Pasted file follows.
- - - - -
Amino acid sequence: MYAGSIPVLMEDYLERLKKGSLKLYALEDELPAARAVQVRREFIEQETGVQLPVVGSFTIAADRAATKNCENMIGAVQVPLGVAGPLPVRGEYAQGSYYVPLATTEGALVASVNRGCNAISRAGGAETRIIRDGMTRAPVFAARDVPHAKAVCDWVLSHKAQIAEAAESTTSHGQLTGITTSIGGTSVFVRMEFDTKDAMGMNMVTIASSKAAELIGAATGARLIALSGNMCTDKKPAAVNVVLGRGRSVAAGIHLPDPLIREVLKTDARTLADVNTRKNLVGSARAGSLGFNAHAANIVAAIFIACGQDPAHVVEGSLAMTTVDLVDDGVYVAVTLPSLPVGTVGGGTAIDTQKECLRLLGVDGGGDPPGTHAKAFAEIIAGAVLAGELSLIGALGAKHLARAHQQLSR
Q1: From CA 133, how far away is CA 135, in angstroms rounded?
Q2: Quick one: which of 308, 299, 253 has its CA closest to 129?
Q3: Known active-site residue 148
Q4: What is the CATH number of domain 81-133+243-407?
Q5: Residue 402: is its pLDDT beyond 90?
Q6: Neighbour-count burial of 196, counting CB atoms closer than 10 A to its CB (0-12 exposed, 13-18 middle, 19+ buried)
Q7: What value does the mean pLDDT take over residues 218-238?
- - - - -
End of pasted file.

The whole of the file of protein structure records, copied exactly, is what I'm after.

Amino acid sequence: MYAGSIPVLMEDYLERLKKGSLKLYALEDELPAARAVQVRREFIEQETGVQLPVVGSFTIAADRAATKNCENMIGAVQVPLGVAGPLPVRGEYAQGSYYVPLATTEGALVASVNRGCNAISRAGGAETRIIRDGMTRAPVFAARDVPHAKAVCDWVLSHKAQIAEAAESTTSHGQLTGITTSIGGTSVFVRMEFDTKDAMGMNMVTIASSKAAELIGAATGARLIALSGNMCTDKKPAAVNVVLGRGRSVAAGIHLPDPLIREVLKTDARTLADVNTRKNLVGSARAGSLGFNAHAANIVAAIFIACGQDPAHVVEGSLAMTTVDLVDDGVYVAVTLPSLPVGTVGGGTAIDTQKECLRLLGVDGGGDPPGTHAKAFAEIIAGAVLAGELSLIGALGAKHLARAHQQLSR
Q1: From CA 133, how far away is CA 135, in angstroms rounded?
Q2: Quick one: which of 308, 299, 253 has its CA closest to 129?
Q3: Known active-site residue 148
Q4: What is the CATH number of domain 81-133+243-407?
Q5: Residue 402: is its pLDDT beyond 90?
Q6: Neighbour-count burial of 196, counting CB atoms closer than 10 A to its CB (0-12 exposed, 13-18 middle, 19+ buried)
Q7: What value does the mean pLDDT take over residues 218-238?